Look our for SQUIRRELs

They sneak up on us from everywhere. Something we heard about at a conference, a blog post we read, something we saw on Pinterest or Facebook or Twitter. Maybe at an EdCamp or an observation at another school. We think, “If I did this, it would change everything; it would totally solve the problem of __________.” And all the sudden we want to drop everything and focus on that idea.

I like to call these squirrels, those silver bullets for situations that don’t have silver bullets. Deep down, we know there’s no quick fix (of course there isn’t), but that shiny new package is so … shiny.

We know that change takes time. We know that one quick intervention won’t solve a complicated problem. We know that getting that new piece of technology, having everyone read that new book, or adopting that new policy won’t change things overnight. We know this. But those squirrels are still out there, vying for our attention.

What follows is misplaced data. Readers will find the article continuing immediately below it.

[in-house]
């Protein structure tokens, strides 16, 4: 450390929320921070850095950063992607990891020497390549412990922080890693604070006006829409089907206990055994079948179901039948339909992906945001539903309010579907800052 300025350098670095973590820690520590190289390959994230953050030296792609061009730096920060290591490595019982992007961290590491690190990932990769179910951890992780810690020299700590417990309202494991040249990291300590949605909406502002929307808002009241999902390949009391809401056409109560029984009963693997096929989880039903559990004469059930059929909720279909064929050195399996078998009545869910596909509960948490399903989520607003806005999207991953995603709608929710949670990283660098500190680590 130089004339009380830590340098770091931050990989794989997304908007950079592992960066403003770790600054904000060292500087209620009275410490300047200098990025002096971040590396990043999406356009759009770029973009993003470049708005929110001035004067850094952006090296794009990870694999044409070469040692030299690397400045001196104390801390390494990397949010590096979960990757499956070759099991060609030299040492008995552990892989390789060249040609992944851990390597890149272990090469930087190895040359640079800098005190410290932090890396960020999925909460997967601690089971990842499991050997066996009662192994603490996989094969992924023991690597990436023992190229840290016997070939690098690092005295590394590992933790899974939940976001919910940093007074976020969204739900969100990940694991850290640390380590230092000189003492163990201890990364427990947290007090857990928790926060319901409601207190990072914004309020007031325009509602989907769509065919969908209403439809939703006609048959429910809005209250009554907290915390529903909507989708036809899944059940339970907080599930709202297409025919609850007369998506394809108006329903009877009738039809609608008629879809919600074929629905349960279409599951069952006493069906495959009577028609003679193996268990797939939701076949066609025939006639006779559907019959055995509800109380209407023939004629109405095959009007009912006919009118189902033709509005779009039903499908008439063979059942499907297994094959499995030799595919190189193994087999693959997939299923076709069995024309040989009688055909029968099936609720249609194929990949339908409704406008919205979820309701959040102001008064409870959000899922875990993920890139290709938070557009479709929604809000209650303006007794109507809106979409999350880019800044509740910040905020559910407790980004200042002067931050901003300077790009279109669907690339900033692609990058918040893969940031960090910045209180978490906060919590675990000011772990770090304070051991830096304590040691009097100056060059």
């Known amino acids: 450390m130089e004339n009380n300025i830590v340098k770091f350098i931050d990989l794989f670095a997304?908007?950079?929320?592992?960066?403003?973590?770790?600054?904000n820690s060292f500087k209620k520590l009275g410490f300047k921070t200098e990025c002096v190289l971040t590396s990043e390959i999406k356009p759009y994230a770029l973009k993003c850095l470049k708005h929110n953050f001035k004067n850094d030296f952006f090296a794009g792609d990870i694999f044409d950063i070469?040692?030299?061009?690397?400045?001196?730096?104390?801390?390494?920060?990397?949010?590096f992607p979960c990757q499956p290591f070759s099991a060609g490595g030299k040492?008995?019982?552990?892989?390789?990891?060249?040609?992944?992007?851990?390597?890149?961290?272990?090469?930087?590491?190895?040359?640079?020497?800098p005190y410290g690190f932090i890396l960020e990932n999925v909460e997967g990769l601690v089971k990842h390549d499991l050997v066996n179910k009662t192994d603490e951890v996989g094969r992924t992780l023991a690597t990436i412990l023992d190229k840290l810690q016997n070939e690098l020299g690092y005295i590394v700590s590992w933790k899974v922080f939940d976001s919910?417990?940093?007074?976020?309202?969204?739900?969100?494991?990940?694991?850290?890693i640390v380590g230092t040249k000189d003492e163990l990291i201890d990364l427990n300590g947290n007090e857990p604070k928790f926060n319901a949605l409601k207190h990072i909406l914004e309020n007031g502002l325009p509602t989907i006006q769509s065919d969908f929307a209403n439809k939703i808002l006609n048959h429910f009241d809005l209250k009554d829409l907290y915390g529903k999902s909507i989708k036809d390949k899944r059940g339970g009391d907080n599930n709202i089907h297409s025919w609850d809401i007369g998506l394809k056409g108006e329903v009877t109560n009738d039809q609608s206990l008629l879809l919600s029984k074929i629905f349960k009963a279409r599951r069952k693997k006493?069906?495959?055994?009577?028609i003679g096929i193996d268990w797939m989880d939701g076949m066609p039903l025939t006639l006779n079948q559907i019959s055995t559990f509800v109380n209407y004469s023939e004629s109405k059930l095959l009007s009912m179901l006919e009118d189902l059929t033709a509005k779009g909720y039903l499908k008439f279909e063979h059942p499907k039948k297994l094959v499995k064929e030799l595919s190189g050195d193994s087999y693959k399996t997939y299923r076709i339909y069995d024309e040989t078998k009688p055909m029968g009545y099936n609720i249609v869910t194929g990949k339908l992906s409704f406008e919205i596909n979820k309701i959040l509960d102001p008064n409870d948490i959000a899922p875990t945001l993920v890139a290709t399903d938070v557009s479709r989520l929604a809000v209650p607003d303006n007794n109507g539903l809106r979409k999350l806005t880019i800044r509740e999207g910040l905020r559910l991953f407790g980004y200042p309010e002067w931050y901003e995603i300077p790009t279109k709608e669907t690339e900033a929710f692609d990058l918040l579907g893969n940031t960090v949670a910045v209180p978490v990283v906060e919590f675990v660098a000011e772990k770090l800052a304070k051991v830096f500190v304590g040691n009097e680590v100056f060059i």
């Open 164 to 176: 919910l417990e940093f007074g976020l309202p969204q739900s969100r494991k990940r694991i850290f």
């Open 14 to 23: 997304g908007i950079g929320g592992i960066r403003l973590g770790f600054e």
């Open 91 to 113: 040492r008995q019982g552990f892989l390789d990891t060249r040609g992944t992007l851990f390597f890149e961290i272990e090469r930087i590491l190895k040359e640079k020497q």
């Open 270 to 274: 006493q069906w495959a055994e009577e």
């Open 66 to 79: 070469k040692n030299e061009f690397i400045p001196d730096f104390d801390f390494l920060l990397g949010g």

And of course, there’s no quick fix (squirrel?) to avoid squirrels. But we need to be aware that they’re always there. And if you find yourself super-excited about something as soon as you hear about it, sure that this new idea will solve that problem, stop. Take a breath. Sleep on it. Ask some colleagues what they think.

Beware of squirrels.

This started as a post about technology (about Squirrel Apps), but as I mulled it around it became about so much more in schools (and in life for that matter).

One thought on “Look our for SQUIRRELs

  1. Very good “warning”… just putting iPad stations and Chromebook stations in classrooms won’t mean we are going to achieve student learning objectives magically. We become too focused on the new… the trend… the devices… we need to step back and ask ourselves what’s good teaching? What’s developmentally appropriate? What are we really trying to have students learn? Then make articulated steps toward the goal(s). Thanks for the reminder.

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